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  • Kate Allgood

3 Questions to ask yourself to help your sports performance

Mindset coaching and mental skills for athletes, both youth and professional. Trained in the field of sport psychology.

You might be wondering what 3 questions could make a difference in your sports performance. These questions make a difference because they tie into how much ownership you have over your sports journey, which ties directly into your ability to choose how you respond to the situations you find yourself in. The ability to choose how you respond is one of the only things you have full control over, and when you find the ability to see the freedom in this, you set yourself up to reach new levels in your performance.

When answering these questions I want you to think about all facets of your performance. Anything that could influence how you do in games or competition. To help think of three umbrellas, your mental, physical and emotional aspects of your performance.

Question #1: Do you take full responsibility for everything that happens within your performance?

Remember when you are asking yourself this question, to make sure you do so for everything single element of your performance. If you have really negative self talk, but don't do anything to help make it better, you are not taking full ownership of your performance. If you don't have the confidence you feel you need to help you perform but you aren't doing what you need to do to help with this, you are not taking full ownership of your performance.

I have a client who is a lacrosse player and knows he is his most confident and at his best when he has worked on his footwork and speed. When he feels he has the first step needed to get by his opponents. However, he often does not train his speed. He prefers lifting weights and neglects this part of his training. He knows in order to do it, he needs to see a coach to help put him through the workouts and hold him accountable. Knowing this he still doesn't find a coach most of the time, not until the last minute heading into a training camp. By not doing this he has at times set himself up to not make teams or be his very best, and instead focuses on things he can't control and puts ownership of his journey onto those things, like coaches decisions.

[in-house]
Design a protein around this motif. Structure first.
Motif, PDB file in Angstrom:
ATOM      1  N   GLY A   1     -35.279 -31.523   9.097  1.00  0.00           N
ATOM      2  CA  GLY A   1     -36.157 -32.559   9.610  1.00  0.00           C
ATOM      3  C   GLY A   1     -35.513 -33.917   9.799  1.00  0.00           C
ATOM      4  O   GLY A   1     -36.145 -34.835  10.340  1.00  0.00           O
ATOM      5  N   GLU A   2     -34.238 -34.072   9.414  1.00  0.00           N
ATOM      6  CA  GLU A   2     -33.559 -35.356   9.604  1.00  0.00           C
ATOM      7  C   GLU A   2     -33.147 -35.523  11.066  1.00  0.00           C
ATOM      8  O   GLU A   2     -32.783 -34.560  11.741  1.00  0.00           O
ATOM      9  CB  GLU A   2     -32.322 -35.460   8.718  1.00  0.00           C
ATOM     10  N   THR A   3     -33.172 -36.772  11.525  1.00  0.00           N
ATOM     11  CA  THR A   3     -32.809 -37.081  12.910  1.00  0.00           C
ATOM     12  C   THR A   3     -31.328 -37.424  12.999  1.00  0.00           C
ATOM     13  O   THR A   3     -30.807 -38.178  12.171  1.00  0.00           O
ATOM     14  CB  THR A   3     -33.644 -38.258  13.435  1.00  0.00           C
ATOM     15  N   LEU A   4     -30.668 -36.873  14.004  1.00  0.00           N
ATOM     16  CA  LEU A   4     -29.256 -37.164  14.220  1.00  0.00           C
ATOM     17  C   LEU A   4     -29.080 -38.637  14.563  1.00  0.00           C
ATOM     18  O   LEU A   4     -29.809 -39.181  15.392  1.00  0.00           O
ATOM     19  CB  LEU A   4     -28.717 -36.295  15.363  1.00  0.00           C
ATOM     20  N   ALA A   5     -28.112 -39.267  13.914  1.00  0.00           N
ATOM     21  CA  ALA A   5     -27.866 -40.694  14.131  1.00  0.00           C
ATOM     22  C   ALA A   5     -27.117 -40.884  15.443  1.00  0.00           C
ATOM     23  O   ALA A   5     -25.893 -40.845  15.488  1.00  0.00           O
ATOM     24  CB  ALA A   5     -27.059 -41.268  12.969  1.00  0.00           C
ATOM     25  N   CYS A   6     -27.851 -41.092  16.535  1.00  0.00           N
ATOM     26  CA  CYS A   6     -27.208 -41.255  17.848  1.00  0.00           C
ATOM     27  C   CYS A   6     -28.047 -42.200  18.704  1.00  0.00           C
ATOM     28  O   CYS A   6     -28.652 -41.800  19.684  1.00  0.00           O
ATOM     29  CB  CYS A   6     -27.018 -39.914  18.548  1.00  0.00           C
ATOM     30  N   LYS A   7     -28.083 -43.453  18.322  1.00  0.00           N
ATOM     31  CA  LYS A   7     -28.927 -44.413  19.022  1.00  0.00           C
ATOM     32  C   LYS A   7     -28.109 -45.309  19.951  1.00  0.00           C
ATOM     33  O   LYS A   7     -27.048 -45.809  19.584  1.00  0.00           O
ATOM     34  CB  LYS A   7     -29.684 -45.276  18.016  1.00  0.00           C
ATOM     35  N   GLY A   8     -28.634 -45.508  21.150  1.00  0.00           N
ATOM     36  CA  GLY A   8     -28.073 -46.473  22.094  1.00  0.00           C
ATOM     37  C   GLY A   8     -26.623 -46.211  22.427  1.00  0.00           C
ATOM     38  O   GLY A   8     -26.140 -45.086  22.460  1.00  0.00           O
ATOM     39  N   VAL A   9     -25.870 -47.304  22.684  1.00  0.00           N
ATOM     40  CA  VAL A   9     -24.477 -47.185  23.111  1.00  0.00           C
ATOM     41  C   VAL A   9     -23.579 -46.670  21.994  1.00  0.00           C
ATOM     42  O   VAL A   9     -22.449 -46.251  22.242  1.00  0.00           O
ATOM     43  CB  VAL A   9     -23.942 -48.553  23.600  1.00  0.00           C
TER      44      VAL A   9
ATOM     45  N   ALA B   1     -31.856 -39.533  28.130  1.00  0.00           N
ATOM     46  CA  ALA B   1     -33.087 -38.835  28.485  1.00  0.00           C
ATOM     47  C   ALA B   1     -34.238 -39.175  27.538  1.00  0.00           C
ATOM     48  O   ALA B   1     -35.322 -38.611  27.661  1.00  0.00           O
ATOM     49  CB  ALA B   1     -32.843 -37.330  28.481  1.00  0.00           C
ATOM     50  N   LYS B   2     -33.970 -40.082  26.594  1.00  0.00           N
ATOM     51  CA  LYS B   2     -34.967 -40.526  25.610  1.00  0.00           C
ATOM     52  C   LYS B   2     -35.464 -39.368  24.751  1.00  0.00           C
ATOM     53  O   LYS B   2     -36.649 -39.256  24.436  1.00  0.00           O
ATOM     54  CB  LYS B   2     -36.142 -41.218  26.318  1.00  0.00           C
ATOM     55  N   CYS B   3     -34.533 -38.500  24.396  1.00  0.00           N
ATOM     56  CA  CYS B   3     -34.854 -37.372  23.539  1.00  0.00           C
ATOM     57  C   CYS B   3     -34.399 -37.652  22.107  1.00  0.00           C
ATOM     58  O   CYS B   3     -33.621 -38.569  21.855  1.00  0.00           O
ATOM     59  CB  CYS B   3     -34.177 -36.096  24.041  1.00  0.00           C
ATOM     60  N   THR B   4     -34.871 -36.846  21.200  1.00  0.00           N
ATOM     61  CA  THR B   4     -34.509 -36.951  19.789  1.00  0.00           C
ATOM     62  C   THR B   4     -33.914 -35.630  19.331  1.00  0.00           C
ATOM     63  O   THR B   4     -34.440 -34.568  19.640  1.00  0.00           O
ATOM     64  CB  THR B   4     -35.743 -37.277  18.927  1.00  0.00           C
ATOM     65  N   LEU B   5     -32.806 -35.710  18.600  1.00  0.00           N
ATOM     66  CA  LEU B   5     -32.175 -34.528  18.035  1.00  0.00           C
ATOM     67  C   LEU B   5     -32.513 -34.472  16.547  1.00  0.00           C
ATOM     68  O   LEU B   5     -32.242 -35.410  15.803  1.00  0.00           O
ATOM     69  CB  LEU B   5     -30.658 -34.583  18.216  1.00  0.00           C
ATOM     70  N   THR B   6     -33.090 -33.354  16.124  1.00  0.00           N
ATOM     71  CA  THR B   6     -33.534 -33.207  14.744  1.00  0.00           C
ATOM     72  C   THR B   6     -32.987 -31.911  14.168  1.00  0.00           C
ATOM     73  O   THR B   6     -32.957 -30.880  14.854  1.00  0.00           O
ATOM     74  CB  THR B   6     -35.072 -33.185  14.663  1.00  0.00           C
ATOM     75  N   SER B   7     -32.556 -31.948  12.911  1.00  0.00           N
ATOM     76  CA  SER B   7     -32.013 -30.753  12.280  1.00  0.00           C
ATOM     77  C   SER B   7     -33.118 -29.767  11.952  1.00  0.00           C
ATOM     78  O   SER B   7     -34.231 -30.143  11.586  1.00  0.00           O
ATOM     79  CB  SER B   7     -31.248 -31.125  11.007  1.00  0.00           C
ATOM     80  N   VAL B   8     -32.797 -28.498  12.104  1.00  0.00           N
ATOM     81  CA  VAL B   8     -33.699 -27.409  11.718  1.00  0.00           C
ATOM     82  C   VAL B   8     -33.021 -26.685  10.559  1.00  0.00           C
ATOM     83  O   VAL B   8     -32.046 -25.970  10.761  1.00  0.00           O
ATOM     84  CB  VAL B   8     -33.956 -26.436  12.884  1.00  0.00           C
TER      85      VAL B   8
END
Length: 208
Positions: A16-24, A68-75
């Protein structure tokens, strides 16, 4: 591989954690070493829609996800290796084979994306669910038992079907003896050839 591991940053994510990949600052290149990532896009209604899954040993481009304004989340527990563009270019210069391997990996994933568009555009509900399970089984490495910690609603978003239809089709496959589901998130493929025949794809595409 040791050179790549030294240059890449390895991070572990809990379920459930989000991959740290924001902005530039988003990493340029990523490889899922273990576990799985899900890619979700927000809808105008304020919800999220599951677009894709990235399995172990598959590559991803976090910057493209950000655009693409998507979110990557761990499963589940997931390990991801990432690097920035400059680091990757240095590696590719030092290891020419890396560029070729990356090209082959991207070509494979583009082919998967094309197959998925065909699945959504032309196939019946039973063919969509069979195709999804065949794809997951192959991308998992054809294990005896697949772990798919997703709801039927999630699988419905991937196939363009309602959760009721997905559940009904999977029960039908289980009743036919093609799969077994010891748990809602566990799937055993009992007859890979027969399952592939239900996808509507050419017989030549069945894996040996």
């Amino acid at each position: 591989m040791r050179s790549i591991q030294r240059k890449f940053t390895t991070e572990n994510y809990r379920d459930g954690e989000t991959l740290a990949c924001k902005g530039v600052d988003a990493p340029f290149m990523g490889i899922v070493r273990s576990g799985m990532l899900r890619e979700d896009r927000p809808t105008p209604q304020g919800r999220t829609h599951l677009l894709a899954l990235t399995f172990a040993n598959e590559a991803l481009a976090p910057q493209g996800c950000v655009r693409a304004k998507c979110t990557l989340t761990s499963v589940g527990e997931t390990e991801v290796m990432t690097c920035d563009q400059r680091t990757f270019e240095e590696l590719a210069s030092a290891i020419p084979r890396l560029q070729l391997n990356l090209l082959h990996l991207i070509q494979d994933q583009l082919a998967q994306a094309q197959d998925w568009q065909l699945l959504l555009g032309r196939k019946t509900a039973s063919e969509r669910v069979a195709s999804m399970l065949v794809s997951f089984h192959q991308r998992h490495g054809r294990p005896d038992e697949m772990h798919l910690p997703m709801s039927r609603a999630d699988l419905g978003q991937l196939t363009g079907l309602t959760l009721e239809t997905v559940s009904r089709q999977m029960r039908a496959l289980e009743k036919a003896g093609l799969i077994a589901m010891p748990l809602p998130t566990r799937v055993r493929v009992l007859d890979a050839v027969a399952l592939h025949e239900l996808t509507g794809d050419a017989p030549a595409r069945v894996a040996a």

Question #2: Do you put in full effort and hold yourself accountable to putting in full effort

Again remember this is for all aspects, and will look different depending on what you are doing. If you are meditating, full effort looks different than doing sprints. Do you also put in full effort to do all the things you need to do? For many clients I have worked with, putting in effort in some parts of the equation is easy, but they don't do it for everything, this is then hurting their performance by not fully taking ownership and therefore being able to choose how to respond versus react in situations.

Question #3: Do you blame others

If you can't answer yes to the first two questions then there is a good chance you do blame others at times. There are a lot of things you can't control. You deal with coaches, governing bodies and sport organizations. There is a lot of structure and systems in place, that can often make it feel like you don't have control or the ability to make a choice. When this happens you can slowly shift ownership to others, and fail to see that no matter what you face you always have the freedom to choose how you respond, and no one can ever take that away. When you fully take ownership of your sports performance, you find the freedom to choose how you respond.

Choose your own way

Taking full ownership over your sports performance and journey is a major factor in how well you will perform, or how much energy you will waste towards things you have no control over. Learn the power of finding the ability to always choose how you respond. Sometimes you need help on your journey, and if you find yourself in a place where you might need a coach to help you reach that next level, contact me to find out how I can help.

To your success,


About: Kate Allgood is trained in the field of applied sport psychology. She holds two Masters degrees in psychology where she graduated with distinction. She has spent the past 14 years working one on one with high school, college, Olympic, and professional athletes to help them with their mindset, mental performance and mental skills training. Kate has also been a consultant for professional teams, including the Anaheim Ducks primary minor league affiliate the San Diego Gulls, to help the team and players develop their mental game. It is important to note that while Kate has graduate school training in applied sport psychology and general psychology, she does not diagnose or treat clinical disorders, and is not a licensed psychologist. 

**The information provided is not to dispense medical advice or prescribe the use of any technique, either directly or indirectly, as a form of treatment for physical, emotional, or medical problems, without the advice of a physician. The information provided is only to offer information of a general nature to help you in your quest for high performance. If you know or suspect you have a health problem, it is recommended you seek your physician's advice.


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